I just came across a method for projecting a monochrome still image that is stunning in both its simplicity and efficiency. Developed at École Polytechnique Fédérale de Lausanne (EPFL; Lausanne, Switzerland), the method relies on an acrylic projection "slide" that has nothing embedded within it and nothing printed on it, but instead has a surface shaped to be slightly uneven.
Place it at the right point between a reasonably small, bright light source and a wall, and an image appears. The image is formed from the "caustics" that arise when an optically smooth but rippled surface slightly and unevenly deflects light, producing lighter and darker areas (such as what you see at the bottom of a swimming pool on a sunny day).
Form the ripples in the right way, and you can project whatever image you want -- such as this image of Alan Turing, the British mathematician and father of modern computer science, shown in the light of an ordinary white LED.
Credit: (c) Alain Herzog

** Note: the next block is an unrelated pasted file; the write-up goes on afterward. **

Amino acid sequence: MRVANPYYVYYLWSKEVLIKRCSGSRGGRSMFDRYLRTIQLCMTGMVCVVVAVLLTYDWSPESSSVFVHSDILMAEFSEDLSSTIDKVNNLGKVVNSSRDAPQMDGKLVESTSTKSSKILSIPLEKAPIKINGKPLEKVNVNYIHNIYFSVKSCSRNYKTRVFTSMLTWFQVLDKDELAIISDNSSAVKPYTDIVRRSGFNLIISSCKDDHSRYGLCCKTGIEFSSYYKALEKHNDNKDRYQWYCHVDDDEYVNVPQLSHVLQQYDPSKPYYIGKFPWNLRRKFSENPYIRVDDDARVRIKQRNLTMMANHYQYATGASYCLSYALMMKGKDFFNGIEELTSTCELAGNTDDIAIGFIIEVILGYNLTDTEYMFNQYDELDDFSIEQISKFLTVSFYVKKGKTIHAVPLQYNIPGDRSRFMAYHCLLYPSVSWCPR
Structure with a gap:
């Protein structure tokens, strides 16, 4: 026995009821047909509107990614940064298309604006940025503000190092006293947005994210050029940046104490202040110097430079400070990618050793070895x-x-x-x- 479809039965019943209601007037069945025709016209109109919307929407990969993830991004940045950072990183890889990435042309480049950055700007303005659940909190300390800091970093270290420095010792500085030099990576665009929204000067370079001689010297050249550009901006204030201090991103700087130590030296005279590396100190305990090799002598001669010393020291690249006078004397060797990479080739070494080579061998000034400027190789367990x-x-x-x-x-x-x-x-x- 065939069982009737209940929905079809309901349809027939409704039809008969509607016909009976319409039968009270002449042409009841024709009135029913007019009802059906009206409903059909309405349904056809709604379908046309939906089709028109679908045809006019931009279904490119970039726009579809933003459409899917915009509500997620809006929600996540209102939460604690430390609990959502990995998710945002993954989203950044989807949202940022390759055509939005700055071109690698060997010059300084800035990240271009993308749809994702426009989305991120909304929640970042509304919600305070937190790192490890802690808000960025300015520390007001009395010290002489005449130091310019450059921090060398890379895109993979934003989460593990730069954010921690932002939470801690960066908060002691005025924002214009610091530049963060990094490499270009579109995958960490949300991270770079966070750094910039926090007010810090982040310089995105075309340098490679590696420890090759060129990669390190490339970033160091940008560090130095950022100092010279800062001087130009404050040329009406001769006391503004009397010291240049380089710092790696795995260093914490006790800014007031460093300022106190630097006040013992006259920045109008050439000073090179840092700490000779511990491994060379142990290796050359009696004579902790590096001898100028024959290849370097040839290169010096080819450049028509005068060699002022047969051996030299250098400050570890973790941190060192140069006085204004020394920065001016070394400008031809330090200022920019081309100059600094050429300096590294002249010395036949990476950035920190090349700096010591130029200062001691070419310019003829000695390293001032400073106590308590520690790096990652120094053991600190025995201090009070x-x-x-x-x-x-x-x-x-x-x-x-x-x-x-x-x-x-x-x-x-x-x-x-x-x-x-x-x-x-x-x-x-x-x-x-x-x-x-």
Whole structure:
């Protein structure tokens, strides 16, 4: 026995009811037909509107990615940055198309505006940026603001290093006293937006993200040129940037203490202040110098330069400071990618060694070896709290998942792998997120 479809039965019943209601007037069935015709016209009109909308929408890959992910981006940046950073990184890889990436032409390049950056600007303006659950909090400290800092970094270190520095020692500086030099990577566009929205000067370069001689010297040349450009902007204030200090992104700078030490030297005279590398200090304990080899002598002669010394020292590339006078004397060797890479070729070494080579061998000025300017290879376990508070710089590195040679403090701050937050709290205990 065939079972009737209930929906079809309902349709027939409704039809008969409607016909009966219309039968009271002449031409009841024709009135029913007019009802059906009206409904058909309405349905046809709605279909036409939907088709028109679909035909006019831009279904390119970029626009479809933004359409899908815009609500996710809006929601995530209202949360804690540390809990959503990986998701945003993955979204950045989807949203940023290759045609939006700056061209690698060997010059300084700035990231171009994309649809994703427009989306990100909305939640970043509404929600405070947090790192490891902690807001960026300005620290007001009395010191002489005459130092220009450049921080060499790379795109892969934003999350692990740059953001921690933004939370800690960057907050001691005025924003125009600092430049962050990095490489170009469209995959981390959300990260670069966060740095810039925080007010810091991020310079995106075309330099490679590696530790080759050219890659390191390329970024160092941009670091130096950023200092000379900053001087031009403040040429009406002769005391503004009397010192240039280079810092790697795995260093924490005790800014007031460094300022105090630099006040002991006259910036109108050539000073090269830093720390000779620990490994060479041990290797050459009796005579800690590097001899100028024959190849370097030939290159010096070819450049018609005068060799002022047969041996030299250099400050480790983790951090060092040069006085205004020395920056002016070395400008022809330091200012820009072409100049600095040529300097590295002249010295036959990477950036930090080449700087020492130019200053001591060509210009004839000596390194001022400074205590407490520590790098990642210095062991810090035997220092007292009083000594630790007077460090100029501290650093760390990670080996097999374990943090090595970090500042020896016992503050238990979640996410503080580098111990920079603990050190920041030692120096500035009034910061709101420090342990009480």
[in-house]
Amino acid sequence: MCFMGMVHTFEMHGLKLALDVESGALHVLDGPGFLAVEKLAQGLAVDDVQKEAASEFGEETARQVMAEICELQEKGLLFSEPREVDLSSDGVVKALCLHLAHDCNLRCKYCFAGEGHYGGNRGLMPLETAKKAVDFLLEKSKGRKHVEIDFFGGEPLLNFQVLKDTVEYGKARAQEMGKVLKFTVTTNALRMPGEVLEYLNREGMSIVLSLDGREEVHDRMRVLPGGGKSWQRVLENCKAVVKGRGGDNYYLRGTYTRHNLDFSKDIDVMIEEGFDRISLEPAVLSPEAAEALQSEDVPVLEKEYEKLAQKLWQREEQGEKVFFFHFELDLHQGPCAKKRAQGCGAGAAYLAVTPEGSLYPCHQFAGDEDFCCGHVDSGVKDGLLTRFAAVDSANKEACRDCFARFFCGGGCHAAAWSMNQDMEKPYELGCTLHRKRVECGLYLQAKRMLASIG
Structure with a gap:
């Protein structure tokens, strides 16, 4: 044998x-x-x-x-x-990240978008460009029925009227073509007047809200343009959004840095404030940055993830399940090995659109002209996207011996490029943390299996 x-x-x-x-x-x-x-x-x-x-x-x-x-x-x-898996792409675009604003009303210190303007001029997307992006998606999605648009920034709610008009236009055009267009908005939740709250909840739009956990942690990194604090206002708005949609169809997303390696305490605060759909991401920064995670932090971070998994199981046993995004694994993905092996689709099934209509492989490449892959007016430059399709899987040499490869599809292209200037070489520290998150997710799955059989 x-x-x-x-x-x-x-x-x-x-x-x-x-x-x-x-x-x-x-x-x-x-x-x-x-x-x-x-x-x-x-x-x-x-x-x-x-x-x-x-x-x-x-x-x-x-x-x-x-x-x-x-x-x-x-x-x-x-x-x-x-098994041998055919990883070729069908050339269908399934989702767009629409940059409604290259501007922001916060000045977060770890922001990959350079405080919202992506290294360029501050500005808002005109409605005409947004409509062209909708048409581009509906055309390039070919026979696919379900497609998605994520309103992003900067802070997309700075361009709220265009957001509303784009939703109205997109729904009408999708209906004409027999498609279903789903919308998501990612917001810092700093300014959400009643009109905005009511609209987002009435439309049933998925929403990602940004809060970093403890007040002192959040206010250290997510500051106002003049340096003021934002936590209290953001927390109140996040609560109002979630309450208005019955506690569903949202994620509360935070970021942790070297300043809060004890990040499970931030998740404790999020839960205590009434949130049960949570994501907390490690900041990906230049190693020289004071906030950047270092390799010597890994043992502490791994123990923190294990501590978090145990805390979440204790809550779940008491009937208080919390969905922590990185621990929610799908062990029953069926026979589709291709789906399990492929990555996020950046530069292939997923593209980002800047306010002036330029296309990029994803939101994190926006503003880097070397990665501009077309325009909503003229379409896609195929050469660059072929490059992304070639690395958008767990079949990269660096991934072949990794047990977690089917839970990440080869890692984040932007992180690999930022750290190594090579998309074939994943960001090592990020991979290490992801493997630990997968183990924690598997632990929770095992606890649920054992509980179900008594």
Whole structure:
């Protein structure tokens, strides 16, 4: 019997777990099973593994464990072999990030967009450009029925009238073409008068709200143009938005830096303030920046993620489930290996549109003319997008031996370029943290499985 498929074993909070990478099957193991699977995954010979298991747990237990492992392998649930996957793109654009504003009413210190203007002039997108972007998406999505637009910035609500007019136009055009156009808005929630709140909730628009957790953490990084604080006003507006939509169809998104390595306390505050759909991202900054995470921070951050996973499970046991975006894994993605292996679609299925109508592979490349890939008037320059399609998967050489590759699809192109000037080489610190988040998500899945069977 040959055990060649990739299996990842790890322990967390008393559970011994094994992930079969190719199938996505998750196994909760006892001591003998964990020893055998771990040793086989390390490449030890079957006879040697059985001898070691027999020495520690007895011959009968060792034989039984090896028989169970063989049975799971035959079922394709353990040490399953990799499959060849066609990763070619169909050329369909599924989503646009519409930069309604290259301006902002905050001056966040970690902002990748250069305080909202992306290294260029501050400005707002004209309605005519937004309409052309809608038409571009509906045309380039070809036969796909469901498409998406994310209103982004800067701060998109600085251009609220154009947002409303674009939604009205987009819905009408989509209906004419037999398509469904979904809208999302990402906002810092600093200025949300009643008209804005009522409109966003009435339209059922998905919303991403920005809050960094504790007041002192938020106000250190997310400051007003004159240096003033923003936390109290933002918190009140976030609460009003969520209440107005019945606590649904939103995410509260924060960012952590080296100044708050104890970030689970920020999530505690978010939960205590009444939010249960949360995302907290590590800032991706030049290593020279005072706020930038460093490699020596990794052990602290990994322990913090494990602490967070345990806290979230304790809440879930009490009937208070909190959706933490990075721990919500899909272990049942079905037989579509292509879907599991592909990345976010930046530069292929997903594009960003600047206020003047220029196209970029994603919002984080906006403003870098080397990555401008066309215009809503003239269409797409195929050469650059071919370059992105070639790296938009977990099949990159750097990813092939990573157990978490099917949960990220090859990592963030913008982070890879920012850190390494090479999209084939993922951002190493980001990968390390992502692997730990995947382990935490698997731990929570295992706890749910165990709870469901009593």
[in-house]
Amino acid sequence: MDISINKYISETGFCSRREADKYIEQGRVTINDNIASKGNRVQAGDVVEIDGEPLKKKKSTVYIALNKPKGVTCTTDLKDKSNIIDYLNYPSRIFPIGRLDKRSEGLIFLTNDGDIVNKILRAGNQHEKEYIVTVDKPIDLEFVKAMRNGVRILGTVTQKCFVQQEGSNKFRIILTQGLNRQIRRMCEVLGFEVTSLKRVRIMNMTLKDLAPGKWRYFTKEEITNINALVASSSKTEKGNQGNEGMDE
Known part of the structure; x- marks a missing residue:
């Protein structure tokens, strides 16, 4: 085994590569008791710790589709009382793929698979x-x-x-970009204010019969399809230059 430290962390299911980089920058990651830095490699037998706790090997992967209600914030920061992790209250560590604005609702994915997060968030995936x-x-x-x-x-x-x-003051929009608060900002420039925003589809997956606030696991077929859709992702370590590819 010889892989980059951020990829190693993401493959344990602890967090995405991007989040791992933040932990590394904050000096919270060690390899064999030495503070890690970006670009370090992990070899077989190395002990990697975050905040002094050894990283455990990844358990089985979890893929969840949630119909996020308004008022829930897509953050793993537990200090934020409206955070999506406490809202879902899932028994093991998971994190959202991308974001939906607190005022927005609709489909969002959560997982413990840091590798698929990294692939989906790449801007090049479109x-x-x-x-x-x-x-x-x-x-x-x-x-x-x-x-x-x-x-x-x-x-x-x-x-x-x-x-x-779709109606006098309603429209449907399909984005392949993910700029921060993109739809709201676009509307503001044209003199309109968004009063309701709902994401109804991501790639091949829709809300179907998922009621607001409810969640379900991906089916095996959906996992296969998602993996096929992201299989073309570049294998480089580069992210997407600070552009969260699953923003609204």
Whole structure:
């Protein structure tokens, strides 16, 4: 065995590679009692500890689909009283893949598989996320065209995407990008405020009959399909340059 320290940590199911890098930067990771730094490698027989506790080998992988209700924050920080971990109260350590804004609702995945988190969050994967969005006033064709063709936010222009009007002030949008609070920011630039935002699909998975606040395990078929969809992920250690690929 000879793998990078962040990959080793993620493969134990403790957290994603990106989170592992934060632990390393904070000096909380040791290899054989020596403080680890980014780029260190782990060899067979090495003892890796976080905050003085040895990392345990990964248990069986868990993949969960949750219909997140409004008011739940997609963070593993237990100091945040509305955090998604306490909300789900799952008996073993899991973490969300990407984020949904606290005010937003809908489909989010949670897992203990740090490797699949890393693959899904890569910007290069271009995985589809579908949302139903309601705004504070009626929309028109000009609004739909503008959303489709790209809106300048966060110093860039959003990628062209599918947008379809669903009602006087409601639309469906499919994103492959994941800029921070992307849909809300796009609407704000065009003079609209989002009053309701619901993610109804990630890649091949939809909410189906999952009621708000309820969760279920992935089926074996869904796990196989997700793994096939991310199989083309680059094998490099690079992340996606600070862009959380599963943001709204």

The surface shape to provide a specific image is calculated via an algorithm. Because this type of projection doesn't rely on absorption, the process is virtually lossless. Almost any transparent item could be made into a projector -- windows, display cases, architectural ornamentation, vases, glasses, jewelry, and so on. See this EPFL Youtube video for more.
Researchers in EPFL's Computer Graphics and Geometry Laboratory showed working image-projecting caustic plates recently at the Advances in Architectural Geometry Conference in Paris. Contributors to the project include Mark Pauly (EPFL), Thomas Kiser (EPFL), Michael Eigensatz (Evolute; Perchtoldsdorf, Austria ), Minh Man Nguyen (WAO Architecture; Paris, France) and architect Philippe Bompas.